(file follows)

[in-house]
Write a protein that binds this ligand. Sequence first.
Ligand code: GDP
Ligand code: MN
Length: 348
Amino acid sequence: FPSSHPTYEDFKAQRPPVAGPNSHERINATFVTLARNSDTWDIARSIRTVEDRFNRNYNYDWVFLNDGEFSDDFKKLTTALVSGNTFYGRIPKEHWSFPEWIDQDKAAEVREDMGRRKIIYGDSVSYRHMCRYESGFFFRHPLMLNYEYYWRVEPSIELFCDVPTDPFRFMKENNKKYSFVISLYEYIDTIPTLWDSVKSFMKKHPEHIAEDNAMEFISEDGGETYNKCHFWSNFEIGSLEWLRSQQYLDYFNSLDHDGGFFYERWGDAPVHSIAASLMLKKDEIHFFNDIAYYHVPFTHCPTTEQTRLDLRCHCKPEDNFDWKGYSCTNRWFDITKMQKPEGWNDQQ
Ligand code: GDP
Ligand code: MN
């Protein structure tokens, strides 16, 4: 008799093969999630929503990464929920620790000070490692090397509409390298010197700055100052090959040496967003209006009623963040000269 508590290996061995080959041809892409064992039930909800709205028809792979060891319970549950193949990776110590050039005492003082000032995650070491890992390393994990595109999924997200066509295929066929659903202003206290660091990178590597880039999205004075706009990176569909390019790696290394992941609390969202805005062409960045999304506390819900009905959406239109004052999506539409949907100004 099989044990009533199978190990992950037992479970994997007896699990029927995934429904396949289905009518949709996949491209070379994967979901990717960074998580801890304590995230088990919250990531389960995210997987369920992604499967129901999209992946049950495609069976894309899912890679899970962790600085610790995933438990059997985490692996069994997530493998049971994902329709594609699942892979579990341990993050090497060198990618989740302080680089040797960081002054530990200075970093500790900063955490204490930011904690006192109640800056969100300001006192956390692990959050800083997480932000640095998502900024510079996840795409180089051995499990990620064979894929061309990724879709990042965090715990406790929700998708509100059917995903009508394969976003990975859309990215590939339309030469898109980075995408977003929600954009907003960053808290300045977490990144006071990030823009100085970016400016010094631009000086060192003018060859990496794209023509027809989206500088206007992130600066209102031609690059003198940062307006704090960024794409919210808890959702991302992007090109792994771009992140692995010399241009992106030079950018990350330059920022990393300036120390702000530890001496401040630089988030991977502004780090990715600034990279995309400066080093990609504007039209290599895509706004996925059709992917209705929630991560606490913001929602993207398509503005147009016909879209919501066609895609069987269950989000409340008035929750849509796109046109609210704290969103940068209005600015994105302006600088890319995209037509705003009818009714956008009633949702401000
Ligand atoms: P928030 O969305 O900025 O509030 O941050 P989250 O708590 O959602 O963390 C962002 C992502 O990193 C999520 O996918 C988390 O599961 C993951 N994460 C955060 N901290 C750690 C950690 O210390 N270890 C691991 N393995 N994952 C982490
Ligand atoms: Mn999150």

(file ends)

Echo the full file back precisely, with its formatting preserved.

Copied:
[in-house]
Write a protein that binds this ligand. Sequence first.
Ligand code: GDP
Ligand code: MN
Length: 348
Amino acid sequence: FPSSHPTYEDFKAQRPPVAGPNSHERINATFVTLARNSDTWDIARSIRTVEDRFNRNYNYDWVFLNDGEFSDDFKKLTTALVSGNTFYGRIPKEHWSFPEWIDQDKAAEVREDMGRRKIIYGDSVSYRHMCRYESGFFFRHPLMLNYEYYWRVEPSIELFCDVPTDPFRFMKENNKKYSFVISLYEYIDTIPTLWDSVKSFMKKHPEHIAEDNAMEFISEDGGETYNKCHFWSNFEIGSLEWLRSQQYLDYFNSLDHDGGFFYERWGDAPVHSIAASLMLKKDEIHFFNDIAYYHVPFTHCPTTEQTRLDLRCHCKPEDNFDWKGYSCTNRWFDITKMQKPEGWNDQQ
Ligand code: GDP
Ligand code: MN
């Protein structure tokens, strides 16, 4: 008799093969999630929503990464929920620790000070490692090397509409390298010197700055100052090959040496967003209006009623963040000269 508590290996061995080959041809892409064992039930909800709205028809792979060891319970549950193949990776110590050039005492003082000032995650070491890992390393994990595109999924997200066509295929066929659903202003206290660091990178590597880039999205004075706009990176569909390019790696290394992941609390969202805005062409960045999304506390819900009905959406239109004052999506539409949907100004 099989044990009533199978190990992950037992479970994997007896699990029927995934429904396949289905009518949709996949491209070379994967979901990717960074998580801890304590995230088990919250990531389960995210997987369920992604499967129901999209992946049950495609069976894309899912890679899970962790600085610790995933438990059997985490692996069994997530493998049971994902329709594609699942892979579990341990993050090497060198990618989740302080680089040797960081002054530990200075970093500790900063955490204490930011904690006192109640800056969100300001006192956390692990959050800083997480932000640095998502900024510079996840795409180089051995499990990620064979894929061309990724879709990042965090715990406790929700998708509100059917995903009508394969976003990975859309990215590939339309030469898109980075995408977003929600954009907003960053808290300045977490990144006071990030823009100085970016400016010094631009000086060192003018060859990496794209023509027809989206500088206007992130600066209102031609690059003198940062307006704090960024794409919210808890959702991302992007090109792994771009992140692995010399241009992106030079950018990350330059920022990393300036120390702000530890001496401040630089988030991977502004780090990715600034990279995309400066080093990609504007039209290599895509706004996925059709992917209705929630991560606490913001929602993207398509503005147009016909879209919501066609895609069987269950989000409340008035929750849509796109046109609210704290969103940068209005600015994105302006600088890319995209037509705003009818009714956008009633949702401000
Ligand atoms: P928030 O969305 O900025 O509030 O941050 P989250 O708590 O959602 O963390 C962002 C992502 O990193 C999520 O996918 C988390 O599961 C993951 N994460 C955060 N901290 C750690 C950690 O210390 N270890 C691991 N393995 N994952 C982490
Ligand atoms: Mn999150």